By: Tom Loynachan, Professor of Agronomy, Iowa State University
Getting Into Soil & Water 2012
We all should care! Without life in the soil, there is no life above soil. Yes, the soil is composed of many, many living, breathing organisms. Just how much depends on the soil but numbers can be staggering in our fertile, high organic-matter soils of the Midwest. It is often said that a handful of soil contains more living organisms than people on planet Earth. The only reason this can be true is because most are so small we must use a microscope to see them. In a sphere the size of the period at the end of this sentence (approximately 500 μm in diameter), about 125 million bacteria would fit into the volume of the sphere. That’s approximately 1/3 of the US human population!
So if they are so small, how can they have an impact? It is because of their numbers and distribution. They are everywhere in nature and are active in decomposition of plant residues and animal wastes, recycling carbon, providing nutrients to plants (including nitrogen through biological fixation), forming soil structure to provide air and water for plants, and maintaining a sustainable environment in the soil.
Based on genetic evidence, we are finding there are many soil microbes that we can’t culture in the laboratory. Without culturing them, it is difficult to determine what they do. Estimates of the number of microbial species range from 10,000 to 100,000 per gram of soil. Clearly there is much yet to be learned about soil microbes.
Figure 1. Freshly turned soil gets its ‘earthy’ odor from soil actinomycetes shown here (500x magnification, image credit T. Loynachan).
Carbon and Nutrient Cycling
Organic matter from plants and animals fuels the soil food web (Fig. 3). Producing organisms use sunlight and carbon dioxide in the atmosphere to form plant tissue. As the tissue falls to the soil, a whole series of events occur in a food web. The smaller organisms decompose the waste materials and do two things: 1) release carbon dioxide back to the atmosphere, and 2) incorporate a portion of the carbon into their biomass (living tissue). This biomass serves as a food source for higher-level predators, and the process is repeated. Some larger organisms such as earthworms and higher animals directly consume the plant materials but their wastes and, yes, eventually their bodies are returned to the soil. The soil is the biological ‘incinerator’ that converts all these materials back to starting components. The carbon is recycled back to carbon dioxide in the atmosphere and the minerals are released in such form that they can be reused for new plant growth. In a burial service: “ashes to ashes, dust to dust” is often said, and this appropriately describes the activity of soil microorganisms in recycling.
A small portion of the decomposing plant and animal residues is converted into soil humus. Soil humus appears not to
be just plant and animal components that fail to decompose. The process of humus formation is complex and results in an organic material that remains after prolonged microbial decomposition. Microbes are thought to synthesize end products that polymerize to form the amorphous humic structures. Research shows that some of these compounds are stable for hundreds of years. As the organic matter becomes oxidized, it turns dark brown to black. Humus provides nutrient-holding capacity and stores moisture, both of which are needed for plant growth.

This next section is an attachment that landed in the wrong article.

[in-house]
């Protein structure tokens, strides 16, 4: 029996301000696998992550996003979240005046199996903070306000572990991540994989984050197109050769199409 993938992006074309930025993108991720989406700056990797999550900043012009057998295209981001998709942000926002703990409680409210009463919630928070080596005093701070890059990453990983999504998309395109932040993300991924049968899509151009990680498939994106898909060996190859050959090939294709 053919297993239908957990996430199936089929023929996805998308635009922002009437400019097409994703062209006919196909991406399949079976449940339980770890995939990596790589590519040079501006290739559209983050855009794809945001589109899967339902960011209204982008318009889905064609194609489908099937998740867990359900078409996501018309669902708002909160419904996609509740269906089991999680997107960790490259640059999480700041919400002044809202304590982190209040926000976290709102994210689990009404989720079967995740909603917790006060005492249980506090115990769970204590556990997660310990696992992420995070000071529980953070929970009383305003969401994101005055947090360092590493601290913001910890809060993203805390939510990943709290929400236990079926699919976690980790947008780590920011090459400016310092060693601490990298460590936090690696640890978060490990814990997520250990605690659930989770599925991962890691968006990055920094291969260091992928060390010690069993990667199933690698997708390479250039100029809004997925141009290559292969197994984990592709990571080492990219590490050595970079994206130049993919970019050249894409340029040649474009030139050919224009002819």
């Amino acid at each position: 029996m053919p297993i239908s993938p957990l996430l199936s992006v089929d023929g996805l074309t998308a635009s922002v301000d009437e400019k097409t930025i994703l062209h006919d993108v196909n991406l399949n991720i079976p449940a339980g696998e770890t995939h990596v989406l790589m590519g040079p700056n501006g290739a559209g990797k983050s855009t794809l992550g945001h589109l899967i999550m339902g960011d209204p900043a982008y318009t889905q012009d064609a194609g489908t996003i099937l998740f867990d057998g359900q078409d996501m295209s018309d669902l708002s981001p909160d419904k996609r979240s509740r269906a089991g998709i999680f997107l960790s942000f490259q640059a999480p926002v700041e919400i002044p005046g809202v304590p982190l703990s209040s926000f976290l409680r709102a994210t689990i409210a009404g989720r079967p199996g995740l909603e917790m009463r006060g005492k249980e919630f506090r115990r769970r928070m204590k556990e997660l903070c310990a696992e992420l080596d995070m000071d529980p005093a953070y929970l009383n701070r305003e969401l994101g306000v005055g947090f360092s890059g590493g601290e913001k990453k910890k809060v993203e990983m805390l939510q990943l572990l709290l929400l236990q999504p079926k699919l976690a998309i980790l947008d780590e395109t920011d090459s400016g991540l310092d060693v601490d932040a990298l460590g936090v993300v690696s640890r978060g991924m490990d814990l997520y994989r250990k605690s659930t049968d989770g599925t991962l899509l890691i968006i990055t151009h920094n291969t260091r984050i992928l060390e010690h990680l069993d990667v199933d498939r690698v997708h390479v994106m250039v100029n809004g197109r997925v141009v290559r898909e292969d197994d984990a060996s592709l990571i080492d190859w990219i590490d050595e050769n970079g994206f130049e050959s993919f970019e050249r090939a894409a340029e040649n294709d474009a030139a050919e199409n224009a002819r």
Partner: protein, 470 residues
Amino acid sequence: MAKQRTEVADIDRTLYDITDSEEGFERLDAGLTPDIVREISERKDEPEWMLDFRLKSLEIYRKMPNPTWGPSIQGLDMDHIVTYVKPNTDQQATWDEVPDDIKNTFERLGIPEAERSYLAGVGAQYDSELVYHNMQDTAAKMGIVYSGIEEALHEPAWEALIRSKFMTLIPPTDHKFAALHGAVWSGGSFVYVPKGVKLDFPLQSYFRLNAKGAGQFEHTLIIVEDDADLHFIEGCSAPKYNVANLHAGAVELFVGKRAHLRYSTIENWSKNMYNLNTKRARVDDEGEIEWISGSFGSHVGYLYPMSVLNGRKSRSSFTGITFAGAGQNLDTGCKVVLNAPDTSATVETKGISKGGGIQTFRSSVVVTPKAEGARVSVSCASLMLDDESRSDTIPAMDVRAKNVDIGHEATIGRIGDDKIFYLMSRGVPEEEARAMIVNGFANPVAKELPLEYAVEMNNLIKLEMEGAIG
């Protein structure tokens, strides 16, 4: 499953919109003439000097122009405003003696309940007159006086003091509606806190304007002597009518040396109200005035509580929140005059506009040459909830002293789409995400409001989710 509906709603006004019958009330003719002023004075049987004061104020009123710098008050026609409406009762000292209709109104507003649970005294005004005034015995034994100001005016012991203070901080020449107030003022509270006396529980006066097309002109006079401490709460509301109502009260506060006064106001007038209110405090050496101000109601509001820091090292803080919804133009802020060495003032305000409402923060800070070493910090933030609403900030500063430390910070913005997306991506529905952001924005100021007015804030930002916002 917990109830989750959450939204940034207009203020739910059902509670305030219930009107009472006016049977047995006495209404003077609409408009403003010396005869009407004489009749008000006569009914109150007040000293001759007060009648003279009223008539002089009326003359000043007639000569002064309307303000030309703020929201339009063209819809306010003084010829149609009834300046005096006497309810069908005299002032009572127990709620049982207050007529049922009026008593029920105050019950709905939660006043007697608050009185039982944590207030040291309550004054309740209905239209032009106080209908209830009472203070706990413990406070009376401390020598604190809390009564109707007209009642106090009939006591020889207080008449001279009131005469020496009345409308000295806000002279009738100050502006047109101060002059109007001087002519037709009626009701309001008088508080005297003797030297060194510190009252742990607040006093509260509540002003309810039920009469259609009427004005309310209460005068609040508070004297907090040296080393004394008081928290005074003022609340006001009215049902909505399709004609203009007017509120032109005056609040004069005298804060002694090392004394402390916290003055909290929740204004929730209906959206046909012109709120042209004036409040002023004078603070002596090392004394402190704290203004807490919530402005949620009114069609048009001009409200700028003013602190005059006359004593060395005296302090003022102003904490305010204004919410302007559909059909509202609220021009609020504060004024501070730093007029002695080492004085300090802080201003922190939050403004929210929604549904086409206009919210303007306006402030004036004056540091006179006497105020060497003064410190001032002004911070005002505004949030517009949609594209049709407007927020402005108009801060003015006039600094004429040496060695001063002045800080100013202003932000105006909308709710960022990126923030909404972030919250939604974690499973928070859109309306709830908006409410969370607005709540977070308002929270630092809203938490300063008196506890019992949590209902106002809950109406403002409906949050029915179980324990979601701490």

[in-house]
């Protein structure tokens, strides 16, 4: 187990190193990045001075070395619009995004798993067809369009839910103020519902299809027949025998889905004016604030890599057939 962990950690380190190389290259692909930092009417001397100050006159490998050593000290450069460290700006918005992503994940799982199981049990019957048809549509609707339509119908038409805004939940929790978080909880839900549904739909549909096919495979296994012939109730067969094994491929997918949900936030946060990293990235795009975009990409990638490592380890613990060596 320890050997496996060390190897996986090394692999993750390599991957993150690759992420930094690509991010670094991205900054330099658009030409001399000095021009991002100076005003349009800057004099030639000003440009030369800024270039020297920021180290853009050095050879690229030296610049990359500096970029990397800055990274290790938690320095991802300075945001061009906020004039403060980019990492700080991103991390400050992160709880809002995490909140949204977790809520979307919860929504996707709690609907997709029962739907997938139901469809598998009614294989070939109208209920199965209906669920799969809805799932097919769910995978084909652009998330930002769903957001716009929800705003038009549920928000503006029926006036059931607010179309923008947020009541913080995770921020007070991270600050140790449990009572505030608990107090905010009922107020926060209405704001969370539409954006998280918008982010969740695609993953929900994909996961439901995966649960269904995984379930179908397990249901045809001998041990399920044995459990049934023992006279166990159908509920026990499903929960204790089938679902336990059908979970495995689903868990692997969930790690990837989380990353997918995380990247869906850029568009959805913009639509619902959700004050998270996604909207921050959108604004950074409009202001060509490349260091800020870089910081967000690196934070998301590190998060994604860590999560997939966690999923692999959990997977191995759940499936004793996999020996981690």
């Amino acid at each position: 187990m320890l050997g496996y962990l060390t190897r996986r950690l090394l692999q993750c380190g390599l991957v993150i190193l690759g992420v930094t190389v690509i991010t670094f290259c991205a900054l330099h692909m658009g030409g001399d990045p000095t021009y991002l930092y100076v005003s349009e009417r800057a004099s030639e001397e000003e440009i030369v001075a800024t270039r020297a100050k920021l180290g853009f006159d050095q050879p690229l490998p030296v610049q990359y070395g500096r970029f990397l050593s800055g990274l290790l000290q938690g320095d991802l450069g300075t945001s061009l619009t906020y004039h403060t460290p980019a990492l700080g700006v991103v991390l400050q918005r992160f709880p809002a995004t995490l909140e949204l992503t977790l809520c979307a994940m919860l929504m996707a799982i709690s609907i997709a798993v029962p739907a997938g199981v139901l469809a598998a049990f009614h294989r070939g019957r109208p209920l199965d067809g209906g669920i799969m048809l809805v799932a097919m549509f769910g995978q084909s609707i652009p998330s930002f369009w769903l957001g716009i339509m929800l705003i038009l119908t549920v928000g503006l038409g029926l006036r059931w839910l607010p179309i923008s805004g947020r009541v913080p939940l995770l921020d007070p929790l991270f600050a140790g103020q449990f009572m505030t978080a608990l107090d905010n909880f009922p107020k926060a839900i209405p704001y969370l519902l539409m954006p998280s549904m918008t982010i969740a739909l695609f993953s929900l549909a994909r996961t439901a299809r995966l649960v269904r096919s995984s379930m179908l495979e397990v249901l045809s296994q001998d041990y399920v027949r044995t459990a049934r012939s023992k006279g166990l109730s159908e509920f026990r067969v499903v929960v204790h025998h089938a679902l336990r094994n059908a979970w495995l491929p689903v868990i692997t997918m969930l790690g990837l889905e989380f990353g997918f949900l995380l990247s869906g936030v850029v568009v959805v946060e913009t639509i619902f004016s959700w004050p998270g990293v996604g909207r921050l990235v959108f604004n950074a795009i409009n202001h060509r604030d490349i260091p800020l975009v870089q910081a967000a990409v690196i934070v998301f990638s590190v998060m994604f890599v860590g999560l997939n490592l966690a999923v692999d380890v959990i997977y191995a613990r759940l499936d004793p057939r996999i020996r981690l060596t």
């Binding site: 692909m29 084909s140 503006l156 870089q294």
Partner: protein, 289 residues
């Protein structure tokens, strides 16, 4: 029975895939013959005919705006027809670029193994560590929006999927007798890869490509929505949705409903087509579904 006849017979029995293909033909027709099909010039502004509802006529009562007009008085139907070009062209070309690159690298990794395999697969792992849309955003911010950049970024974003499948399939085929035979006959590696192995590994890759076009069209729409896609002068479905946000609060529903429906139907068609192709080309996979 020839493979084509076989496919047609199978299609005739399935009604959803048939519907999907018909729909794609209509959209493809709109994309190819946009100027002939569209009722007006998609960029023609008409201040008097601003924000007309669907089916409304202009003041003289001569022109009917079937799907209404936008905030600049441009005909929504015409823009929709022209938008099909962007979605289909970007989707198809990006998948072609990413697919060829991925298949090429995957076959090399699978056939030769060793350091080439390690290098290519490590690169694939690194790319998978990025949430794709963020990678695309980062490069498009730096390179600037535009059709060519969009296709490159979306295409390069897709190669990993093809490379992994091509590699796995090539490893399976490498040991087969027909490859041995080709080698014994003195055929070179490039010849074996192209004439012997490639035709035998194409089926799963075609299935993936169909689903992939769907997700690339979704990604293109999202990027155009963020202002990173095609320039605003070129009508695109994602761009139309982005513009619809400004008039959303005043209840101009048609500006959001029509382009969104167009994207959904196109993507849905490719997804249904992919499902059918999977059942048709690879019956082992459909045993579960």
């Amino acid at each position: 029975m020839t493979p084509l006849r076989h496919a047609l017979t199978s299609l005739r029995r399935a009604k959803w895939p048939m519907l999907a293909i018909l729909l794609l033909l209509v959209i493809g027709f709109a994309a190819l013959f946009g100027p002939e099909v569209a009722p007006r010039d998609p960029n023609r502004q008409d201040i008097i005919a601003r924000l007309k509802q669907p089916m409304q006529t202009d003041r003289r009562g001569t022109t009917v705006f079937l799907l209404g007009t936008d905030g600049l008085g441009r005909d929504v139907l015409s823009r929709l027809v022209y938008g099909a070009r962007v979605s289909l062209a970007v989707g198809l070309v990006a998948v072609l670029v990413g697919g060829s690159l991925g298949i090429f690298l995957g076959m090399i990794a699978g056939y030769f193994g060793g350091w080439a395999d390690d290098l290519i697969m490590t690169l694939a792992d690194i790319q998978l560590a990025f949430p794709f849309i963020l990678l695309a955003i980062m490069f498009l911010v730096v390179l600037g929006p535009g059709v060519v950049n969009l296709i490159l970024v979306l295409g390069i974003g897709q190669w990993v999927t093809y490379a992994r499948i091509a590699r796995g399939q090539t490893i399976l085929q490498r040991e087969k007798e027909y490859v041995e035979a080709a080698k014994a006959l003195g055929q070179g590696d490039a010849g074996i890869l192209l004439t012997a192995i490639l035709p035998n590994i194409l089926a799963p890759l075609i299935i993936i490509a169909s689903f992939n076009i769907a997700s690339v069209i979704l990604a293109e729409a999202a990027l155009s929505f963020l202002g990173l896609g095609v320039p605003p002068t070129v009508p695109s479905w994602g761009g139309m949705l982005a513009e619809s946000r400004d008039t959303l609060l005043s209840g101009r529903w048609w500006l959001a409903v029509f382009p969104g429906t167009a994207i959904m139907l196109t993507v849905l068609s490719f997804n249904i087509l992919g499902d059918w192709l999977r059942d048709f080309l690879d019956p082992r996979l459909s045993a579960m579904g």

Soil structure is the grouping together of sand, silt, and clay particles. It is important for the soil-water-air relationships required for plant growth. Two processes are involved in structure formation. First, there must be forces that join the particles together (such as root pressure, freeze/thaw or wet/dry cycles, etc.) and then the particles must be ‘glued’ to bind together. One of the important glues is soil humus. Another glue is fungal hyphae (strands) that surround soil particles binding them together. It is estimated that 10-to-100 meters of fungal hyphae can occur per gram of soil.
Microbes impact nutrient availability for plant growth in three main ways: a) they release the nutrients contained in plant and animal tissue as the tissue decomposes,
b) they increase phosphorus and other immobile nutrient availabilities in the soil through mycorrhizae, and
c) they provide nitrogen through nitrogen fixation.
Mycorrhizae are symbiotic associations between fungi and higher plants that extend the soil volume through which plant roots can take up nutrients and water. Phosphorus is particularly important because it is immobile in the soil. The fungus increases the absorptive area of the plant roots.
Nitrogen is the most deficient nutrient for plant growth in many soils of the world. The cereals (corn, wheat, rice, and barley) are very responsive to nitrogen fertilization. Prior to human-made fertilizers, bacteria were the main source of nitrogen for plant growth. They can take nitrogen gas from the atmosphere and make it into a form available to plants. Some plants such as legumes develop special structures called nodules to house the bacteria. The plant feeds the bacteria and the bacteria provide nitrogen to the plant. Thus with mycorrhizae and nitrogen fixation, there are microbial methods of providing or enhancing the availability of two of the three primary macronutrients commonly used in fertilizers. Long term we need to better understand these natural, biological systems to maximize food production while minimizing environment impact.
So, the next time you walk across a field, watch your step. Life itself above ground is sustained by the living organisms below ground.
To see soil organisms on the move, visit: http://www.agron.iastate.edu/~loynachan/mov